ENJOY!


Get your read on!

I have a few books that I wanted to pass on to all of you with high recommendations!

I was assigned several books to read for my Foodshed Field School Course as follows:

  1. Imhoff, D. (ed.). 2010. The CAFO Reader. Watershed Media.
  2. Franceschini, A. and D. Tucker. 2010. Farm Together Now: A Portrait of people, places, and ideas for a new food movement. Chronicle Books, San Francisco.
  3. Rodríguez, Sylvia. 2006. Acequia: Watersharing, Sanctity, and Place. School for Advanced Research, Santa Fe.
  4. World Economic Forum. 2011. Water Security: The Water-Food-Energy-Climate Nexus Island Press. ISBN-10: 1597267368.

Now, a quick check on that list… The number 4 book I would NOT recommend. I read a good portion of it and it raised the hair on my neck a few times. Part of the contributors for the text are CEOs of CocaCola and Pepsi. Obvious hidden agenda with companies like that telling others how they should conserve water!! It takes over 16 gallons of water to make just one 12oz can of soda… Think about it.

The other books are good reads so far.

It was hard in the last month to actually get any reading in during the field school but I am catching up now. I am nearly done with Farm Together Now and love love love this book. The CAFO book is graphic and harsh but that never stops me from reading on. The truth hurts at times 😉 The Acequia text I have actually used as a reference before for other school works I have written.

I would recommend book number2 the most.

The book that I really want all of you to read besides Farm Together Now is:

The Dirty Life: On Farming, Food, and Love.

 

I could not put this book down. It is so open, inspiring, and real. I always thought of myself as settling down later in life to run some sort of farm but this book has made me think why wait? It really was almost more informative that all of the texts that I was assigned during the field school. I referenced it so many times in discussions en route to new locations on our NM foodshed tour that my peers dubbed it “my bible”. I love this model though. How more connected to your food, land, love, and community can you get than this??

Read it and get inspired!

For more about the book/farm/author here are some links:


Garden Chronicles IIII

Wow!! What a fly-by-the-seat-of-your-pants month June was… Can I breath yet??

Hence, I have not shared this year’s garden’s progress for a bit.

Well hold onto your pantalones because it is growing fast and I am ready to share some loveliness!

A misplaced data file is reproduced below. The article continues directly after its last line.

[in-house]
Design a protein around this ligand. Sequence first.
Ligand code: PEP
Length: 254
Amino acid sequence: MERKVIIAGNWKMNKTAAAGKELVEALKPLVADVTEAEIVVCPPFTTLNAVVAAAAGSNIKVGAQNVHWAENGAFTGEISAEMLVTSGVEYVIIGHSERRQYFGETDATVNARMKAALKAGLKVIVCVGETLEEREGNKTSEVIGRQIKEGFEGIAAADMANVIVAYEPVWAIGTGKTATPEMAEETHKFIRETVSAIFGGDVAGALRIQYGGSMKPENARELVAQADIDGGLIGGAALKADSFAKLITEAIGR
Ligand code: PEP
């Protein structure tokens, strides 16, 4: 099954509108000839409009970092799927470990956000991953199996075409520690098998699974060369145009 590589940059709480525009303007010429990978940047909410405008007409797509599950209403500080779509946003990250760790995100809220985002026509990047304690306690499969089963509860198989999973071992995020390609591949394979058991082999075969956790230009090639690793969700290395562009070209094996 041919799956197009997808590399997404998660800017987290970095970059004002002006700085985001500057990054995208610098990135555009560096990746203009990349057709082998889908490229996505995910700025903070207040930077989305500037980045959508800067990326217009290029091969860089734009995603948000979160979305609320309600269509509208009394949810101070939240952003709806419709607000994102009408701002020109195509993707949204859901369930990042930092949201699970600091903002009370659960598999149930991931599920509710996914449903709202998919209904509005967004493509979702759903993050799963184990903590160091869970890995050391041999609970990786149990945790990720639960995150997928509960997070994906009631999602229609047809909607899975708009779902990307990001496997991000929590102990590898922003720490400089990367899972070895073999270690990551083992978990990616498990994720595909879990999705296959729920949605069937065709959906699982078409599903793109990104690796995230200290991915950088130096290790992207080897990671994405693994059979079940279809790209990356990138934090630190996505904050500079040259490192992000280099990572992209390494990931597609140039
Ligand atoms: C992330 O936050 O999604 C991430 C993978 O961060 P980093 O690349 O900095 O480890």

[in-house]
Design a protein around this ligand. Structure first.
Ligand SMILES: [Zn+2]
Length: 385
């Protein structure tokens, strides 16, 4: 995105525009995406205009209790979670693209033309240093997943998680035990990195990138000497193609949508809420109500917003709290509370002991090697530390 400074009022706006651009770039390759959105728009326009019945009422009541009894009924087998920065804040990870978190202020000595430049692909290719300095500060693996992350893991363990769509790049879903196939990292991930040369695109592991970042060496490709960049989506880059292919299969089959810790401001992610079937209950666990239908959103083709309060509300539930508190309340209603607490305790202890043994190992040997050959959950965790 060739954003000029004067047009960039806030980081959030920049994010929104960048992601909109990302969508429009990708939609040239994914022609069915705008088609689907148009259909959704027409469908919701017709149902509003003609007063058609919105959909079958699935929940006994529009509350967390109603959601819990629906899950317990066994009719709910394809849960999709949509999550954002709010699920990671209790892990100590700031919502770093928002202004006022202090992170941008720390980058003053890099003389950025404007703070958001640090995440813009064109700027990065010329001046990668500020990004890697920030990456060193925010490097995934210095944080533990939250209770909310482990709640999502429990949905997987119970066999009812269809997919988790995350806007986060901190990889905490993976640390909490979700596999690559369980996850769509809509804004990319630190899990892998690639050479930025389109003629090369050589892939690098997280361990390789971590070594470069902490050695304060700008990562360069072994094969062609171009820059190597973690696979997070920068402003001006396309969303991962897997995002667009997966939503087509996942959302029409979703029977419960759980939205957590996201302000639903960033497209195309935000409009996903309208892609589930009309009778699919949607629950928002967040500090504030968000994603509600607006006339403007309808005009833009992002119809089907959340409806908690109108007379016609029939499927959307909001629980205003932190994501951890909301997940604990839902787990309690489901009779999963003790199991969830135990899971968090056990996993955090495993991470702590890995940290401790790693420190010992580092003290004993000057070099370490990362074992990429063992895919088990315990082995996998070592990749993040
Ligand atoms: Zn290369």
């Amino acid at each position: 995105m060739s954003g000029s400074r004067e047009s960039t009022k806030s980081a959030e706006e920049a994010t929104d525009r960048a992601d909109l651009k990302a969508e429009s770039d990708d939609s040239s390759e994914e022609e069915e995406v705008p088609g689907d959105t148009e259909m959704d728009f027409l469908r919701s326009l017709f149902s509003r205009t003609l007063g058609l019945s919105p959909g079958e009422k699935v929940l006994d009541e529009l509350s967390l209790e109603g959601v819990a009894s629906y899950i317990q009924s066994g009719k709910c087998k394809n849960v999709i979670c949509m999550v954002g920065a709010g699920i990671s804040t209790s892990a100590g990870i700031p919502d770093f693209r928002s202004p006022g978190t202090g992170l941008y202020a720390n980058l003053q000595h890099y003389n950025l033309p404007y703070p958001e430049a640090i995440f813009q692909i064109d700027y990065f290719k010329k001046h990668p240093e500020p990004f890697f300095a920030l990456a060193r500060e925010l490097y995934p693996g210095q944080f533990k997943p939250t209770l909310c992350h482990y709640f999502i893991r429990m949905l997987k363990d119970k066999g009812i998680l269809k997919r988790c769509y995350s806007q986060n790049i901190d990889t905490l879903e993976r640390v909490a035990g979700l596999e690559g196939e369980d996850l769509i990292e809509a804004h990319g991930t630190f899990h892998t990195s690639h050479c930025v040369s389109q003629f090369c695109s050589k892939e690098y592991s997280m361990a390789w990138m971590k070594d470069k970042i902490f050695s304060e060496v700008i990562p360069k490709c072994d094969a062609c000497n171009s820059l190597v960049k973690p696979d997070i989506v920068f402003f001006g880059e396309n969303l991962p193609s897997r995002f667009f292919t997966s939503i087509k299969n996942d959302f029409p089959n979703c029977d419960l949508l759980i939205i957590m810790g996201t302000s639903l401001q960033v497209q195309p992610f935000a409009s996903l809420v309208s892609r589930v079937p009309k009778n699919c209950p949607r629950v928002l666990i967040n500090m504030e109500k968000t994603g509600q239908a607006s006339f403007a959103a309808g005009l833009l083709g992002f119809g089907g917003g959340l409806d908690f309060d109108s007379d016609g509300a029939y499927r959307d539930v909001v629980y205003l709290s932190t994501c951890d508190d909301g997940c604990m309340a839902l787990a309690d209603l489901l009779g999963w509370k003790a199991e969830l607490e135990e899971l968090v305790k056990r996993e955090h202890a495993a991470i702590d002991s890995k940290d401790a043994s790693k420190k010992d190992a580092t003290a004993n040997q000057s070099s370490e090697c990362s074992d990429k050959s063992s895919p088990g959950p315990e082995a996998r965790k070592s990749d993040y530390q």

E above, watering the Posole corn.

First and foremost, I must give credit where credit is due and if it wasn’t for a few of my beautiful friend’s my garden would not be the lively, thriving place that it is right now. Thank you to everyone, especially E, for helping me keep it watered through my absentee month and our no-rain-for-140-days summer! Where in the Sam-hell is our monsoon season anyhow??

The following photos were taken last weekend when I was home for two days and was able to get in some work in the garden as well as some harvesting. I gave away a bit of it and ate some delisciousness myself. I tell you what, there is nothing like the taste of fingerling potatoes and green onions fresh from the soil and straight from a wash into your pan. Those damn potatoes were so buttery tasting that I could have cried! I cannot wait for the next harvest for those.

I will be making a kale-beet salad tonight from my garden for my field school potluck wrap-up. That shall likely be equally divine tasting. I really cannot stress enough the richness of flavor that comes in food that you grow yourself.

Okay, I will stop my yapping and let you have a look-see…

The medium bed.

Large bed.

Flowers, tomatoes, green onions, and kale.

A yet green Roma tomato.

Row of beans sprouting well!

Giant kale loveliness!

Posole corn.

Flowers for the kitchen window view.

Flowers in the small bed.

Onions.

Drying Dill.

Box of my harvest!

Three kinds of lettuce, various greens, green onions, two kinds of basil, kale, dill, chamomile, baby beets, and fingerling potatoes.

Eat your heart out!

Whats in your front yard/back yard/windowsill garden or farm? What have you harvested lately? Whats doing well and what is not?